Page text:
They call me Mr. Look-at-that

I was born to be a tour guide. Whenever we leave the house, I spend the whole trip pointing out the sights.

Sometimes, it’s informative.

“Look at that,” I’ll say. “Those black rocks originally came from that volcano way over there. Wow, what an explosion, huh?”

Sometimes, it’s sublime.

“Look at that. The way the sunlight plays on the water. Beautiful.”

Other times, it’s ridiculous.

“Look at that. Another chain-saw grizzly bear sculpture!”

And sometimes, sad to say, it’s downright mean.

“Look at the ears on that guy! If he could flap ’em, he could fly.”

It’s not as if other people can’t see these passing sights for themselves. It’s not as if they’re breathlessly waiting for me to show them the next point of interest. In fact, there’s evidence that it gets downright annoying.

“I see it,” my wife says, once she’s had enough. “We can all see it. It’s right there in front of us. We are not blind.”

“Yeah, but I wasn’t sure you were looking over there,” I’ll say. “I didn’t want you to miss that particular cloud and -- Hey! Look at THAT!”

Heavy sighs all around.

My look-at-that compulsion may stem from my decades as a journalist. Newspaper folks are professional observers, relating what others don’t have the time or inclination to go see for themselves. When I see something interesting, I feel I must report back, even if the people receiving the reports are standing right next to me.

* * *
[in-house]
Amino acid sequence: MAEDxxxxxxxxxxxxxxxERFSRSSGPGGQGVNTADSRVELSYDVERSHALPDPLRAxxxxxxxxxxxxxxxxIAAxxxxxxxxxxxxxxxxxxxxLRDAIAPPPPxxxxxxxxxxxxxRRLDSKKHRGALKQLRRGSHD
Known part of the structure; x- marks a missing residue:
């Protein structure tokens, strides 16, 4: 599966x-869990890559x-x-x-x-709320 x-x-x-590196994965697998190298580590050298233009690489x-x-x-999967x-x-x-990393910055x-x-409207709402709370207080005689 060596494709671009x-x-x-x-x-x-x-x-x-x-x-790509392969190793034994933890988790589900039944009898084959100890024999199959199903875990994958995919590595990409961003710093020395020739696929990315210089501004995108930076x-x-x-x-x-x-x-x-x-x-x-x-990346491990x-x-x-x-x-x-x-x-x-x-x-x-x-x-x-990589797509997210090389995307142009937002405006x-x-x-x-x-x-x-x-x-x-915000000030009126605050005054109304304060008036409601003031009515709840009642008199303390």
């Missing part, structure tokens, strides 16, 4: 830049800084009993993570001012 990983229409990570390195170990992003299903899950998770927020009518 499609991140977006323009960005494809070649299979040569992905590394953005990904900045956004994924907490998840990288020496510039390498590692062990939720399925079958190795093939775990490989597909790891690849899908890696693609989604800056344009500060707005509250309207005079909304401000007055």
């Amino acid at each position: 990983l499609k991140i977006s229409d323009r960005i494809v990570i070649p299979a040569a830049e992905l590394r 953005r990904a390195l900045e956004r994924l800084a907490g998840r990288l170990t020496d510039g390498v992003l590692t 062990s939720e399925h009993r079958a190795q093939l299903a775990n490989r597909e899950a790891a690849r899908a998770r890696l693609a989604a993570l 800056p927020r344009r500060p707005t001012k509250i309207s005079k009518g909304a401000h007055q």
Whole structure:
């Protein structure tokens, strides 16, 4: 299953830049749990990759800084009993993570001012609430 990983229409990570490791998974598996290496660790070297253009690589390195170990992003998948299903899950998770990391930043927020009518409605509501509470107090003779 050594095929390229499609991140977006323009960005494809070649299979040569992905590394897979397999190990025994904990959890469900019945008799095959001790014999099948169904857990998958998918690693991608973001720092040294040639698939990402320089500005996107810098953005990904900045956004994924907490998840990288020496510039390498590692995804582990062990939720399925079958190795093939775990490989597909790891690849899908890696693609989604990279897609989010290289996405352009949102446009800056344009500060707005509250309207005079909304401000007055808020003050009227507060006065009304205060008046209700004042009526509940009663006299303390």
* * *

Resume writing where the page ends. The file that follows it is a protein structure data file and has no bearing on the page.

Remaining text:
The compulsion may go even farther back, to the classroom, where I was one of those kids who always had his hand up, eager to share the (possibly) correct answer with my fellow students. They found it annoying, too, which resulted in bathroom-related hazing and the nickname “Swirly Steve.” (OK, I made up that last part.)

I can’t help it that I’m full of trivia. My brain collects factoids the way pants pockets collect lint. Acting as tour guide gives me a chance to inflict that knowledge on others.

My family doesn’t even bother to do any research before a vacation. They know Mr. Look-at-that will study the travel guides and websites so he can make pronouncements about when a particular monument was erected, the differences between bald eagles and ospreys, or why the native rock is that color. They just go along for the ride, relaxing and taking in the scenery while secretly hoping I’ll run out of steam.

I stand ready for any visitors we get this summer. I’ve got some stuff to show them. Whether they want to look at it or not.


Hal Johnson said...

Hey Steve, do you do the "look at that" thing when you play poker? Could make a guy really popular at poker get-togethers.

poodleland said...

I may have company coming (who I don't reall want to spent time with)-do you hire out as a tour guide??